Taylor Swift Basks in Her Own Madness on Surprise Double Album

If Midnights was about "self-loathing" then The Tortured Poets Department is about fully basking in your own insanity—the insanity that comes after a breakup, after having your life fall apart, or while dating someone everyone tells you is insane.

Taylor Swift Basks in Her Own Madness on Surprise Double Album

Last spring, one of the standout tracks from Taylor Swift’s Midnights era was finally released to streaming. “Hits Different,” a boppy but heartbreaking song about losing your mind after losing the love of your life, was originally (for some inconceivable reason almost certainly related to profit-making) a Target exclusive track. After it broke free of big box stores, it peaked at number 27 on the Billboard Hot 100 last summer and I was very relieved to finally listen to it normally instead of through the bootleg upload hidden on Spotify as a random podcast episode. The song’s final verse is the third act in the story of a woman on the verge of psychosis after a breakup: “Is that your key in the door?/Is it OK? Is it you?/Or have they come to take me away?”

With The Tortured Poets Department, it’s clear that they probably should have taken her away, but they clocked off early. The album literally starts with the lyric, “I was supposed to be sent away but they forgot to come and get me.” So not only have we fully lost our minds, but barely anyone noticed. Or maybe they just don’t care. Either way, Taylor’s songwriting has never been darker and her storytelling’s never been sharper. Set against Jack Antonoff’s now-infamous shimmering synths, TTPD might not make you want to dance, but the twinkling melodies paired with Swift’s ability to romanticize everything from the gym to Charlie Puth (yes, that’s real) to kid’s cereal might inspire you to blow up your life.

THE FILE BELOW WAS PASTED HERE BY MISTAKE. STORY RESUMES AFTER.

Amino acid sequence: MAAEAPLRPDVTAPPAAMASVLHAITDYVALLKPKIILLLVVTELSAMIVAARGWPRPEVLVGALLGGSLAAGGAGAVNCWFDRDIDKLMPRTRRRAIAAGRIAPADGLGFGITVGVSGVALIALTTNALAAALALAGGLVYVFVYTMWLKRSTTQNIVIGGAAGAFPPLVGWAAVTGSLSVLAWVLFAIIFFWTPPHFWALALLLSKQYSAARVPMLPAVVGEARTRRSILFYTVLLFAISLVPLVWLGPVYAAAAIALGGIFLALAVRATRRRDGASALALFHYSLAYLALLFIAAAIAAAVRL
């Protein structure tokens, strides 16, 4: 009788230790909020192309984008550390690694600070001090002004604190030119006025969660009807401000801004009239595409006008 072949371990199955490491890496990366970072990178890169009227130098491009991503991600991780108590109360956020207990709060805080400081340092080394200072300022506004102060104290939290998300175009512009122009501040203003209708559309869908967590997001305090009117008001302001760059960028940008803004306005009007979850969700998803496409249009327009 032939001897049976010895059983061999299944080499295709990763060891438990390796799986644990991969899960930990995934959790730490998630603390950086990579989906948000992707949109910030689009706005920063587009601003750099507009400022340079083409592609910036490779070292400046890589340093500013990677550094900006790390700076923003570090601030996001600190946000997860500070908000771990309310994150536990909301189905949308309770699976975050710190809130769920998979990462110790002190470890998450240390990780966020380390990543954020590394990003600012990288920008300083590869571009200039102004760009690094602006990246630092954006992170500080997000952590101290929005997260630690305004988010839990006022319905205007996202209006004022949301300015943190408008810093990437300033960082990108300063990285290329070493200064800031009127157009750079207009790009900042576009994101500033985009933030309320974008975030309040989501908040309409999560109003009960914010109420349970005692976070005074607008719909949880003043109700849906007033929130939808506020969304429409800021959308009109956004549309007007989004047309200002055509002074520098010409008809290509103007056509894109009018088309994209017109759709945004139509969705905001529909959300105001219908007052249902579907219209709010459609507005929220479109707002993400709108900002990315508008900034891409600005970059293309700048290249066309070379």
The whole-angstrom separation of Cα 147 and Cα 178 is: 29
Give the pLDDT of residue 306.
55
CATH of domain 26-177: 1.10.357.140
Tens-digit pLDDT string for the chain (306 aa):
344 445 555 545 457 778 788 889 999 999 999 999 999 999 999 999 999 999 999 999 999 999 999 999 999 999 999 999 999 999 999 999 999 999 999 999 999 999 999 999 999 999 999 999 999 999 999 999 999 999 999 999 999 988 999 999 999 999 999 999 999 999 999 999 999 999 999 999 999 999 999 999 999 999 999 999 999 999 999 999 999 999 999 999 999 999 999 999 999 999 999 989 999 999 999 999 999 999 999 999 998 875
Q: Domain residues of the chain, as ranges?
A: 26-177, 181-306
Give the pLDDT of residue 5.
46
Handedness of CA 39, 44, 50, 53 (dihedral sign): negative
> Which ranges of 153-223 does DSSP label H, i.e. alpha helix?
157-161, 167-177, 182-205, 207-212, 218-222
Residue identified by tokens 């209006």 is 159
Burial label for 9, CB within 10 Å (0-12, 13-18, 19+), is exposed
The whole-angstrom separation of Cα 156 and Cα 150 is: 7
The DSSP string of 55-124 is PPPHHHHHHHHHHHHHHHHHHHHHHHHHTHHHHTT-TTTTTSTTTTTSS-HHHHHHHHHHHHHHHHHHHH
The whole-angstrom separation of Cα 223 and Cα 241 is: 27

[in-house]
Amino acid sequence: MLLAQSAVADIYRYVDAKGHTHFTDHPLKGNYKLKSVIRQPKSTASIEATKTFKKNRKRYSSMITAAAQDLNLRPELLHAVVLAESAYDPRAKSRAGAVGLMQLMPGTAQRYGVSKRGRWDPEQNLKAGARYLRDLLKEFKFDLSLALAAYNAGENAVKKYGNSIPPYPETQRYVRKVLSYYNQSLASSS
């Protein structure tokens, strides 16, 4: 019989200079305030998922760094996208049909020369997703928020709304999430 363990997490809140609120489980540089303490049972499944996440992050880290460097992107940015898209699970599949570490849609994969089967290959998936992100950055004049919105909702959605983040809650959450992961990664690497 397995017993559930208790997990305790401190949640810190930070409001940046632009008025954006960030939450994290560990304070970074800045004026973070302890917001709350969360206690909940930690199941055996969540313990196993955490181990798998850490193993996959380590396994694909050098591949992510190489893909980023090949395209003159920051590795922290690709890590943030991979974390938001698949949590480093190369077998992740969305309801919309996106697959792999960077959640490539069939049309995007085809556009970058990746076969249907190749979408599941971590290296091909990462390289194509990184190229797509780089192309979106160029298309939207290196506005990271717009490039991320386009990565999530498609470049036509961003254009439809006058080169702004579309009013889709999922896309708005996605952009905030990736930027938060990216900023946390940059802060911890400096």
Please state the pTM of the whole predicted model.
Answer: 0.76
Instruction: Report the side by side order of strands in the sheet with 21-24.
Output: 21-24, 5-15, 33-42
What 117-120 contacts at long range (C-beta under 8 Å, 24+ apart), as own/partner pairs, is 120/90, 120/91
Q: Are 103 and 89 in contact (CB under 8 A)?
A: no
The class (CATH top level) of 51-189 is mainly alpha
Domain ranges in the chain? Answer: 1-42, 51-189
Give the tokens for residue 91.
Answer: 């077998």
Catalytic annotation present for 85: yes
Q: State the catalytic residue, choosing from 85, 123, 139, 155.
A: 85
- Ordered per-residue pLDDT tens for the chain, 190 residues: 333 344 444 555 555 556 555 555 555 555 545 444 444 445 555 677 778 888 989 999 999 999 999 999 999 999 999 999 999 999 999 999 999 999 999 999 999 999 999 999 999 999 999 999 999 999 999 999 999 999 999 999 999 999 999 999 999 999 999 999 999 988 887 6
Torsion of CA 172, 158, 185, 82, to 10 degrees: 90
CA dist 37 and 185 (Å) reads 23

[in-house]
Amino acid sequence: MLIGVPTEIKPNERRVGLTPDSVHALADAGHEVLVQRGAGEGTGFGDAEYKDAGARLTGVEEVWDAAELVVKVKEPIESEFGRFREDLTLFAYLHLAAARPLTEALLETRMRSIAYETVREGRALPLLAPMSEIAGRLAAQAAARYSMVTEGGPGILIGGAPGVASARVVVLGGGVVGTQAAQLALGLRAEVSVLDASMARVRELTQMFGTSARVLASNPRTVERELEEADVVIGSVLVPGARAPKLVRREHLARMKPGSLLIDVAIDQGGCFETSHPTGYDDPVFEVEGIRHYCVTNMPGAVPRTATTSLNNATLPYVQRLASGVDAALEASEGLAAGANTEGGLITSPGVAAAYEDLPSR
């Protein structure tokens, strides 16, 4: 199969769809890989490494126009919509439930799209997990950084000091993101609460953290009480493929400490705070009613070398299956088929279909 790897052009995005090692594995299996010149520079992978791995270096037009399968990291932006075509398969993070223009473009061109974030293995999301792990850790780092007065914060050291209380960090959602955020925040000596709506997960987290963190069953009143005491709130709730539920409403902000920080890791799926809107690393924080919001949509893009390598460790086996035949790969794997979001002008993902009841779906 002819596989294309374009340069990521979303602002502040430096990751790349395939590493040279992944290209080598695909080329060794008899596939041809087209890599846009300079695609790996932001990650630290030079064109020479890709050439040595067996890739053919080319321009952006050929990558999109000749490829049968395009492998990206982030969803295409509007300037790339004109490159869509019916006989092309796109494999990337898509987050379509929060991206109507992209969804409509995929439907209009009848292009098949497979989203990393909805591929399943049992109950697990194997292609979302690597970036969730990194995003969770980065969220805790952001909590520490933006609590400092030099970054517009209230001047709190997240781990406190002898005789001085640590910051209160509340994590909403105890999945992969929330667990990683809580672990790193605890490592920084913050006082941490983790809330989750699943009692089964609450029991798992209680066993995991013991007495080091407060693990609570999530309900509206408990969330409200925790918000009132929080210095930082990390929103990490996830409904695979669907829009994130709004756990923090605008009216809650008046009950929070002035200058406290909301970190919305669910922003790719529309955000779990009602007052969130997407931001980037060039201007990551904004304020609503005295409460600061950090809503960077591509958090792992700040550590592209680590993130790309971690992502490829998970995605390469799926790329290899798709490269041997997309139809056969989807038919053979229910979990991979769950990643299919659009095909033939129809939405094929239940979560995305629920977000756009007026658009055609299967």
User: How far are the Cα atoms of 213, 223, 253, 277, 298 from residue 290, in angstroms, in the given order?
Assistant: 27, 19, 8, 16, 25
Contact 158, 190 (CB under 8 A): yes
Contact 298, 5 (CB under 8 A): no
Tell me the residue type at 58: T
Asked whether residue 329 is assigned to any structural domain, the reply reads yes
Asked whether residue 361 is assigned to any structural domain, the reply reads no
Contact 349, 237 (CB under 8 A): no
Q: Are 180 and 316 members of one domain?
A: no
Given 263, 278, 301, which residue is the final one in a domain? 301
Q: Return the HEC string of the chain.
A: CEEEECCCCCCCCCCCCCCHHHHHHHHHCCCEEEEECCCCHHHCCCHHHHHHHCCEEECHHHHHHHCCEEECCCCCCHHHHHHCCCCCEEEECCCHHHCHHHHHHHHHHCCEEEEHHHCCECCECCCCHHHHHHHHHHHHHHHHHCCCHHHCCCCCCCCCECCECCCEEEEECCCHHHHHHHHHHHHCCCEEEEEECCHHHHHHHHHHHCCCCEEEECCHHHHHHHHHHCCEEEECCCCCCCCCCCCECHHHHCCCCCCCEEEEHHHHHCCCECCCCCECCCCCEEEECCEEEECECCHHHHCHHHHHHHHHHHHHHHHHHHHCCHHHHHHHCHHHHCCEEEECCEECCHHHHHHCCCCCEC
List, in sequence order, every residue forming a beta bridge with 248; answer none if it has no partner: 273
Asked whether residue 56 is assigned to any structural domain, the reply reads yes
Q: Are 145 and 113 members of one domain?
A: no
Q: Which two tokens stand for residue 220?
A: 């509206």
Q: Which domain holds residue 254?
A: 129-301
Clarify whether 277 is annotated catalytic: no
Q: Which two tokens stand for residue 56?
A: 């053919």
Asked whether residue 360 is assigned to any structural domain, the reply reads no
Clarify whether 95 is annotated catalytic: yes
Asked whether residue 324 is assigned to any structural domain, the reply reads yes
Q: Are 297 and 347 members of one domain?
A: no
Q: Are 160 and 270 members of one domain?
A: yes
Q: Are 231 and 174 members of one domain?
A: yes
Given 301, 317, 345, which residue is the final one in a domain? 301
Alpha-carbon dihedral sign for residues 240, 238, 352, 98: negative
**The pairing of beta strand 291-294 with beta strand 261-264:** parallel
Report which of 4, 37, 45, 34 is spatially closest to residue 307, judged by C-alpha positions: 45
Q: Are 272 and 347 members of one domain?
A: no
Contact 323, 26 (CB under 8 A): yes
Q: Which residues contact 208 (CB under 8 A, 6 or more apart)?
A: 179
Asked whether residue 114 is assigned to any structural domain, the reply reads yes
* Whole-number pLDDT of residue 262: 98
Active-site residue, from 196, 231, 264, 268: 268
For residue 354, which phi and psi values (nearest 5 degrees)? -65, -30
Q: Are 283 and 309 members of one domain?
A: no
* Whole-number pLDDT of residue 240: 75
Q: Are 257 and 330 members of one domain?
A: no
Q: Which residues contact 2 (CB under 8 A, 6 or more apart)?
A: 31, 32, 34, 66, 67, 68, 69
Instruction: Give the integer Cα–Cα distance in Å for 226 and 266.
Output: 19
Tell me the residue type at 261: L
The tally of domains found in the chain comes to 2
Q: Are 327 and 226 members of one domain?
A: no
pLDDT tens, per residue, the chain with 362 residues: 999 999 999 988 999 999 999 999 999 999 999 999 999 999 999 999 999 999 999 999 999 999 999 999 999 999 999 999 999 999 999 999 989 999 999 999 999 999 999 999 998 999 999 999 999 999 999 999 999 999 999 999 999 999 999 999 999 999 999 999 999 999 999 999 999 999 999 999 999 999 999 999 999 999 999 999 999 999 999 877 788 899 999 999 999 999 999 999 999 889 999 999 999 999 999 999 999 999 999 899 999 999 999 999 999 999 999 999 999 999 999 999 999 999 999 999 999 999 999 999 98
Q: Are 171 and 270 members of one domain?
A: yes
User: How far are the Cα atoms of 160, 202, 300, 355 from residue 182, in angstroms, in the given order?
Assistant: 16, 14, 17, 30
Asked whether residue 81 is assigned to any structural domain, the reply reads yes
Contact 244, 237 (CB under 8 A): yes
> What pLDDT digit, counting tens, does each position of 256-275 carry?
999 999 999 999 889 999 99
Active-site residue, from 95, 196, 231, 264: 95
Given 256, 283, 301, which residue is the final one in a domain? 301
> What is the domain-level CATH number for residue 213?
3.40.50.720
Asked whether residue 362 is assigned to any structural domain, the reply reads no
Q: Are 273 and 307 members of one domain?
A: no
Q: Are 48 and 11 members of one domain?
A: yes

If Midnights was about “self-loathing” then TTPD is about fully basking in your own insanity—the insanity that comes after a breakup (“So Long, London”), after having your life fall apart (“I Can Do It With a Broken Heart”), or while dating someone everyone tells you is insane (“But Daddy I Love Him”). It’s a more muted 1989; a hungover Midnights with the lyrical finesse of folklore and evermore.

Speaking of dating someone everyone tells you is insane… there appear to be a lot of songs about Matty Healy—like a lot of songs. There are significantly more songs about the British guy she had a three-month situationship with than the British guy she had a six-year relationship with. Luckily, the songs are great and, if nothing else, at least her scathing, biting lyrics confirm that yes, Healy sucks—even if some other songs prove that she was way too into him at one point. (“But Daddy I Love Him” is a true jam that I will have on repeat all summer.)

But don’t get me wrong, this is absolutely a breakup album—but where Taylor’s other breakup albums or songs have marinated in the pining for or sorrow of losing someone you didn’t want to, this breakup album isn’t really sad. Or at least Taylor’s not sad; we are universes away from Red. She’s definitely angry (“And I’m pissed off you let me give you all that youth for free”), she’s for sure annoyed (“I just want to know/If rusting my sparkling summer was the goal”), and she’s got a lot of intrusive thoughts (“Your wife waters flowers, I wanna kill her” and also “Throwing my life to the wolves or the ocean rocks”). But crumpled-up pieces of paper lying here on the floor, we are not.